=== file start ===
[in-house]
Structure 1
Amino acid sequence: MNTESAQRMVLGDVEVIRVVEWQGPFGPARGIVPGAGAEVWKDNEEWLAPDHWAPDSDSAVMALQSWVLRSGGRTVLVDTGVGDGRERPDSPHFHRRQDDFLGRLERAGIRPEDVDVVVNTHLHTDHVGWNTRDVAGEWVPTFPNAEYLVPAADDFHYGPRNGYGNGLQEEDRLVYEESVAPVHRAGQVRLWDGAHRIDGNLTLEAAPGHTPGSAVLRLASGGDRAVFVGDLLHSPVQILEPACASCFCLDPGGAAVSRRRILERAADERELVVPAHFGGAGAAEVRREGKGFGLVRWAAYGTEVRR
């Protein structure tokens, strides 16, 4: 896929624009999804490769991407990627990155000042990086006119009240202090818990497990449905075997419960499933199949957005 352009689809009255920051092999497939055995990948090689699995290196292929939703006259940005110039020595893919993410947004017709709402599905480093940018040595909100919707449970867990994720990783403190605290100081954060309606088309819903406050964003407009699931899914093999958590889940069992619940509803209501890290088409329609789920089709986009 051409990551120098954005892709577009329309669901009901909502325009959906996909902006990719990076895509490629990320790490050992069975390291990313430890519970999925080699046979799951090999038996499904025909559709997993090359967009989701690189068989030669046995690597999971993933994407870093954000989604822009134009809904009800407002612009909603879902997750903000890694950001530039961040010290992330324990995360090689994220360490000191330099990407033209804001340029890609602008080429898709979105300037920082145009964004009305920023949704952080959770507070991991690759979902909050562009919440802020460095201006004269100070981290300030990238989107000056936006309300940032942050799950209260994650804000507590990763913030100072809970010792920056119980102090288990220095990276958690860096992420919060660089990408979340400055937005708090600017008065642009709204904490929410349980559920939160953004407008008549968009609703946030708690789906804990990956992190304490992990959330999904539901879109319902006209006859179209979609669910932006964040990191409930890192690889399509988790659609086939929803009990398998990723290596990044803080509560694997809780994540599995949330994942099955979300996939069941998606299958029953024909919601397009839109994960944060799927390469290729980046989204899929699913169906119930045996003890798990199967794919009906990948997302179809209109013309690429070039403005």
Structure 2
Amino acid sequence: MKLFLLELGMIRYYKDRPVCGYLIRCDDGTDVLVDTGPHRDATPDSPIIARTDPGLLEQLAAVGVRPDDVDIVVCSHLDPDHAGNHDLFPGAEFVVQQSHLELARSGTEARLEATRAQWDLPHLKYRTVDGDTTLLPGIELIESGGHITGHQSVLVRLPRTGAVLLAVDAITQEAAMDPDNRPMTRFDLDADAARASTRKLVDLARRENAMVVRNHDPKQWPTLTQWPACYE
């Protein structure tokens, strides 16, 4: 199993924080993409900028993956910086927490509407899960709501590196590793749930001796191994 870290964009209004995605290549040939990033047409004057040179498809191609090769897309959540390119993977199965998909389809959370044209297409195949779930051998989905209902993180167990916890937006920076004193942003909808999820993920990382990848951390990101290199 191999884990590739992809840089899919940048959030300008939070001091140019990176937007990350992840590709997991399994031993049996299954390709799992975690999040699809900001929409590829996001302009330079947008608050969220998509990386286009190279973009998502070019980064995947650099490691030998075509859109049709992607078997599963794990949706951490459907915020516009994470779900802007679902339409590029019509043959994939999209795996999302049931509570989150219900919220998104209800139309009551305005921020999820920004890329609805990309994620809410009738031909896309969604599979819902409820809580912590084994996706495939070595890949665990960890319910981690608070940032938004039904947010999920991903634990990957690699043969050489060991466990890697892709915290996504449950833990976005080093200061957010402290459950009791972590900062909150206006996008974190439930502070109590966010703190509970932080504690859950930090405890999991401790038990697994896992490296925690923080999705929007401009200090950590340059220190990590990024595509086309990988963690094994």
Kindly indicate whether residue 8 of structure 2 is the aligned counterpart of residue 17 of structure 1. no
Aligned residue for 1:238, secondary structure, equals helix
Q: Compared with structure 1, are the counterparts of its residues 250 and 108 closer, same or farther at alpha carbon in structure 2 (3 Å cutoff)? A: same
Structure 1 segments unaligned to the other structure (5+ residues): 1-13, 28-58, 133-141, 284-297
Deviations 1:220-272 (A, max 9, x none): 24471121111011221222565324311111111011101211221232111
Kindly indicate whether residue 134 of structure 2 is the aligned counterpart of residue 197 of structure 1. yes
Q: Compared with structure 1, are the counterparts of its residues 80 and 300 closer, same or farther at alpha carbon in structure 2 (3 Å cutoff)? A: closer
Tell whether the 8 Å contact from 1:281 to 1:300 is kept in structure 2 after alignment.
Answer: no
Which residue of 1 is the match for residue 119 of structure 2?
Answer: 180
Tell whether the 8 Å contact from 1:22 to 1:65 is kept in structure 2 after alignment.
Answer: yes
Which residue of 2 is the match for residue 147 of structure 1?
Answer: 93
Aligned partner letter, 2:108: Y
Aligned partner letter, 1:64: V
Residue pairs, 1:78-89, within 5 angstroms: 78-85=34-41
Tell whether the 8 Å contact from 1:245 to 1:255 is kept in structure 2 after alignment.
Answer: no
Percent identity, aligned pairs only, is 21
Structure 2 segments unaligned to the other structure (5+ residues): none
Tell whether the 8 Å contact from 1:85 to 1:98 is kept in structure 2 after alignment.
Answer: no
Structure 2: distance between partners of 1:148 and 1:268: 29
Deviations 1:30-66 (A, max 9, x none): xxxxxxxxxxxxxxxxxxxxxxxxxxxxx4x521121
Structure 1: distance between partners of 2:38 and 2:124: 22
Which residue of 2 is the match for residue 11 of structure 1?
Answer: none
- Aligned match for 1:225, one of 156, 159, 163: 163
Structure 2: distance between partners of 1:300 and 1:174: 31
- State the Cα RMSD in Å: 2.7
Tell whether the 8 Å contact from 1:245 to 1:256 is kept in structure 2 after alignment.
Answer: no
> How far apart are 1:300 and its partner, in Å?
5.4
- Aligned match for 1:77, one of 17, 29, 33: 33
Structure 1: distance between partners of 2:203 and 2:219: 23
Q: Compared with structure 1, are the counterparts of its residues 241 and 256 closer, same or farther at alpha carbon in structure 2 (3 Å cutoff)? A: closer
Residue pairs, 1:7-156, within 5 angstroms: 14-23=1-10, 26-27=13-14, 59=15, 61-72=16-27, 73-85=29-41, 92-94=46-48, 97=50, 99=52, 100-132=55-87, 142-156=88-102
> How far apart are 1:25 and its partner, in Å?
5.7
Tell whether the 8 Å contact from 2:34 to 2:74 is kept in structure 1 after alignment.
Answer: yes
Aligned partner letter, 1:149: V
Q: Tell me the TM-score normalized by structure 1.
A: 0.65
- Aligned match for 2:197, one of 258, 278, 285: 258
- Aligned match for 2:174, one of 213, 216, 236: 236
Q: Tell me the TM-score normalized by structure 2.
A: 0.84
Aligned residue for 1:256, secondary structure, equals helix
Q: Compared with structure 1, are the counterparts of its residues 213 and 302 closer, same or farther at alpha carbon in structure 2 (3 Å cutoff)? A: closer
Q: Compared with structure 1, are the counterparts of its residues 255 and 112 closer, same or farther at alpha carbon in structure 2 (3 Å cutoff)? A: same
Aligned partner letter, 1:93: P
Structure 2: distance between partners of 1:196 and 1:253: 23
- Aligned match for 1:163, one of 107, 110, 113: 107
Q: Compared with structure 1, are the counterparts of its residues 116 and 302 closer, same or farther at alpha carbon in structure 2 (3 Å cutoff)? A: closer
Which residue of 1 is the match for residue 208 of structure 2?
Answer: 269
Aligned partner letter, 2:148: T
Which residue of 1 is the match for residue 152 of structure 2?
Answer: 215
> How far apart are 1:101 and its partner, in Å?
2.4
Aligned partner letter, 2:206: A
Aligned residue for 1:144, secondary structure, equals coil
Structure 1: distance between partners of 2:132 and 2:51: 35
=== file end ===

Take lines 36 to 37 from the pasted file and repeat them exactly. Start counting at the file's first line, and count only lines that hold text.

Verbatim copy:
Answer: none
- Aligned match for 1:225, one of 156, 159, 163: 163